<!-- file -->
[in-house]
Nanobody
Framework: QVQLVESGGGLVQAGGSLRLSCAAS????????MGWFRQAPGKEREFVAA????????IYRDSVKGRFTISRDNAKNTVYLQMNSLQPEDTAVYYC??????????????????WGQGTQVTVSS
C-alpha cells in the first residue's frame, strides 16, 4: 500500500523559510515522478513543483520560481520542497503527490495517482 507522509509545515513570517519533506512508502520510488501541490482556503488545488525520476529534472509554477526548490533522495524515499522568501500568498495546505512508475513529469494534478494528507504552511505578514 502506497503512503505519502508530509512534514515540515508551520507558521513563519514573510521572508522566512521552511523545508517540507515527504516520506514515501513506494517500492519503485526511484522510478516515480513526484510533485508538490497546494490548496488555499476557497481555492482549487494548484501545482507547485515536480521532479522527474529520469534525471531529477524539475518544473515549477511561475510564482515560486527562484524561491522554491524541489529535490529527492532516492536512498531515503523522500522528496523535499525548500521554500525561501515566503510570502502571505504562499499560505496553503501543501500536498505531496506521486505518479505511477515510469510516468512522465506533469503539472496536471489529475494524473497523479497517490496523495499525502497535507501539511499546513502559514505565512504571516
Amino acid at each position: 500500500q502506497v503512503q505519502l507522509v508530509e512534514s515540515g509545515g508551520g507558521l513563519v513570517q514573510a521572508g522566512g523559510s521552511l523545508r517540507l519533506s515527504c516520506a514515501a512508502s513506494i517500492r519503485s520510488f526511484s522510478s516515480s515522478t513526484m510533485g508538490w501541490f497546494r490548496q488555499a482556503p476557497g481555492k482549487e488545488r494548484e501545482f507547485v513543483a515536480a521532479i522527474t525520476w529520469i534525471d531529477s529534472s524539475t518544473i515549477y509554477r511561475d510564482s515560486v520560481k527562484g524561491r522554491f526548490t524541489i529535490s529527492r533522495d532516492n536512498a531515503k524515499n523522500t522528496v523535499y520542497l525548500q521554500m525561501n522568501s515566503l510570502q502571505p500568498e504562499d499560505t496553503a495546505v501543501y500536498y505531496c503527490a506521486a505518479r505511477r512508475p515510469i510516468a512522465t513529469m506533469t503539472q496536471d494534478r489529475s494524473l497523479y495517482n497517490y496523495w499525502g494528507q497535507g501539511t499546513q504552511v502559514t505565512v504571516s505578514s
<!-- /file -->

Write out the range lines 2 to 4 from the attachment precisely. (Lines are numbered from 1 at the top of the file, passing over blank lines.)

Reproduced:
Nanobody
Framework: QVQLVESGGGLVQAGGSLRLSCAAS????????MGWFRQAPGKEREFVAA????????IYRDSVKGRFTISRDNAKNTVYLQMNSLQPEDTAVYYC??????????????????WGQGTQVTVSS
C-alpha cells in the first residue's frame, strides 16, 4: 500500500523559510515522478513543483520560481520542497503527490495517482 507522509509545515513570517519533506512508502520510488501541490482556503488545488525520476529534472509554477526548490533522495524515499522568501500568498495546505512508475513529469494534478494528507504552511505578514 502506497503512503505519502508530509512534514515540515508551520507558521513563519514573510521572508522566512521552511523545508517540507515527504516520506514515501513506494517500492519503485526511484522510478516515480513526484510533485508538490497546494490548496488555499476557497481555492482549487494548484501545482507547485515536480521532479522527474529520469534525471531529477524539475518544473515549477511561475510564482515560486527562484524561491522554491524541489529535490529527492532516492536512498531515503523522500522528496523535499525548500521554500525561501515566503510570502502571505504562499499560505496553503501543501500536498505531496506521486505518479505511477515510469510516468512522465506533469503539472496536471489529475494524473497523479497517490496523495499525502497535507501539511499546513502559514505565512504571516